Before we get going with this little river-non-voyage tale, I want to say a few things, in our defense.
Steve and I are not “ugly Americans.” At least, I don’t think so. I mean, look at that picture, up there. We’re adorable. And also, we took seriously the reputation that Americans have in Paris, of being loud, of being demanding. We’ve traveled a fair bit, and we’ve seen this reputation in action. So here, we took extra care to “do as the natives do.” We said “bonjour” or “bonsoir” at every establishment we entered. I conversed in French every opportunity that I could, because I’d been told that the French appreciate that. And if I couldn’t, I’d resort to “Parlez-vous l’anglais?” and earnest hand gestures, always with plenty of “s’il vous plaits” and “mercis.” In other words, we tried really hard. And everyone, without exception, has been extremely pleasant.
I remember traveling in Spain by myself, and calling my dad a couple of time because I was lonely. During one conversation, I told him about the gypsies that tended to congregate around major tourist sights. At the Seville Cathedral, I even saw a guy with a monkey, dancing to a street organ.
“Stay away from them,” my dad almost yelled. “Do you hear me? They’re thieves, all of them. Stay away from them!”
My dad lived in Milan for a few months, when the Italian government requested his help with upgrading their national air traffic system. He contends that most people didn’t get to work until 10, and they took off from noon to 3 p.m., so it was impossible to have meetings, but that’s an aside.
My dad gets animated about a lot of things, but he was worried about his baby daughter, knocking around Spain by herself and possibly being overwhelmed by a band of gypsies. It was a legitimate fear.
What was interesting to me then, and still is now, is that the gypsies have long been a reviled population. Hitler exterminated them during World War II. They were persecuted in Eastern Europe — women were forcibly sterilized in Czechoslovakia starting in the mid-1970s. In July 2008, Italian beachgoers seemed indifferent to the bodies of two dead Roma girls laid out in front of them.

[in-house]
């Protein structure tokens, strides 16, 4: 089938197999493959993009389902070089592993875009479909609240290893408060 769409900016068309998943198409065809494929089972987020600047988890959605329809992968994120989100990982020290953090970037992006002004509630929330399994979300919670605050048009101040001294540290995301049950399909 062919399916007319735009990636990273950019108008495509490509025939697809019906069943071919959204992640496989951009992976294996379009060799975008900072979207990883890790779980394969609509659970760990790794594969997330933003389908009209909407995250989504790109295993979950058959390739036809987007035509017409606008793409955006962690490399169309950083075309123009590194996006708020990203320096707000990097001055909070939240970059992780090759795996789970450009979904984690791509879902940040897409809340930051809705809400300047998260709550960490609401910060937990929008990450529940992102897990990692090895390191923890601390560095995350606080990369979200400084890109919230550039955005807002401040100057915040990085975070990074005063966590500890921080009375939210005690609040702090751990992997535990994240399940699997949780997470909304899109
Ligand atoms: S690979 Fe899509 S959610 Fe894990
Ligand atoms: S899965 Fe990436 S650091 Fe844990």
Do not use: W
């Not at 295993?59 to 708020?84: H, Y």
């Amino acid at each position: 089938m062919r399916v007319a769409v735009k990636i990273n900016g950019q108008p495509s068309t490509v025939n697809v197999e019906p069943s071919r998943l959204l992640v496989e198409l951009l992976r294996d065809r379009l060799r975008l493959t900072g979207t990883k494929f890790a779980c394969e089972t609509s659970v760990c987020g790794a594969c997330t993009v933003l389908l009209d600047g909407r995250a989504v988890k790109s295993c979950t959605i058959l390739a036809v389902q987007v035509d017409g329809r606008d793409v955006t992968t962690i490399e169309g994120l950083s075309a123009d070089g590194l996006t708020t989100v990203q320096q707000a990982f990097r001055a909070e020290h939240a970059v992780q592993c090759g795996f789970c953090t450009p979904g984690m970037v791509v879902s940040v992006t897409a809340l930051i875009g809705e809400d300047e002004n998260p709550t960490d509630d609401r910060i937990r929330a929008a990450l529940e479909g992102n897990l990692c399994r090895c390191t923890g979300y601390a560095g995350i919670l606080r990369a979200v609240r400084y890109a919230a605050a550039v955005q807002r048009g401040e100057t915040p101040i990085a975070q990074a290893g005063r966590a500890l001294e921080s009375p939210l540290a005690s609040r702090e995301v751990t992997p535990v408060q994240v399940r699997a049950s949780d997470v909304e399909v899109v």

This will piss off the Art History majors of the world, but I was sort of dreading our Louvre visit. I knew the place was enormous, I knew it got crowded. But I think actually visiting the Louvre for the first time is akin to becoming a parent for the first time: You have no idea what you’re in for until you’re there.
First of all, it was the final day of Fashion Week, which happens at the Carrousel du Louvre, so as we crossed the Pont des Arts at 10 a.m. we saw loads of paparazzi, fleets of black Mercedes and painfully thin people dressed in elaborate costumes. This is haute couture, not street style. And we had blundered into the middle of it. Steve got some pictures.
When we finally got ’round to the entrance, we had walked about a mile and we were sweaty. It’s warm in Paris. We brought all the wrong clothes. Anyway, we duck under an arch, to the Museum Pass entrance, and there we are, in the immense square with the famed glass pyramid. And a huge line to get in. Unless you have a Museum Pass. Again, $50 for a four-day pass. So we sauntered right past the line, and into the Louvre, toute de suite. C’est magnifique.
Anything we may have done previously to today was just a warmup. Today was the big guns: Musée d’Orsay, déjeuner avec beaucoup des Americans, le Tour Eiffel, Rue Cler, shopping along Rue Saint-Dominique, Napoleon’s tomb, part of the Rodin Museum, le Métro and finally, shopping for dinner in our neighborhood. I’m tired just thinking about it.
First, I know it may seem obnoxious that I keep veering into French. But I’m not just being pretentious, although that may have something to do with it. I studied French for eight years, and being in France has dislodged some long-dormant remnants. I’ll be walking down the street, see a dog and think “chien mignon!” Steve will say something to me and I’ll reply “d’accord.” I know it’s annoying but I’m sure I’ll stop doing it once we land at Sea-Tac.
By the way, the Musée d’Orsay was amazing. Why don’t we have museums like that on the West Coast? The Seattle Art Museum will get, like, one van Gogh and plaster bus shelters with advertisements about it. At the d’Orsay, it’s wall-to-wall awesome. Though the Impressionist room and the Cézanne room are jammed with humanity. I stumbled into the Orientalism room and it knocked my socks off. I particularly loved the “Evening Prayer in the Sahara” by Gustave Guillaumet.
OK, so then we had an unremarkable lunch near the museum surrounded by other Americans. There was a very loud group behind us and I was prepared to hate them with French disdain but then they started talking about how stupid the Republicans were that had shut down the government. And yes, the shutdown made the news here. I just couldn’t understand what they were saying.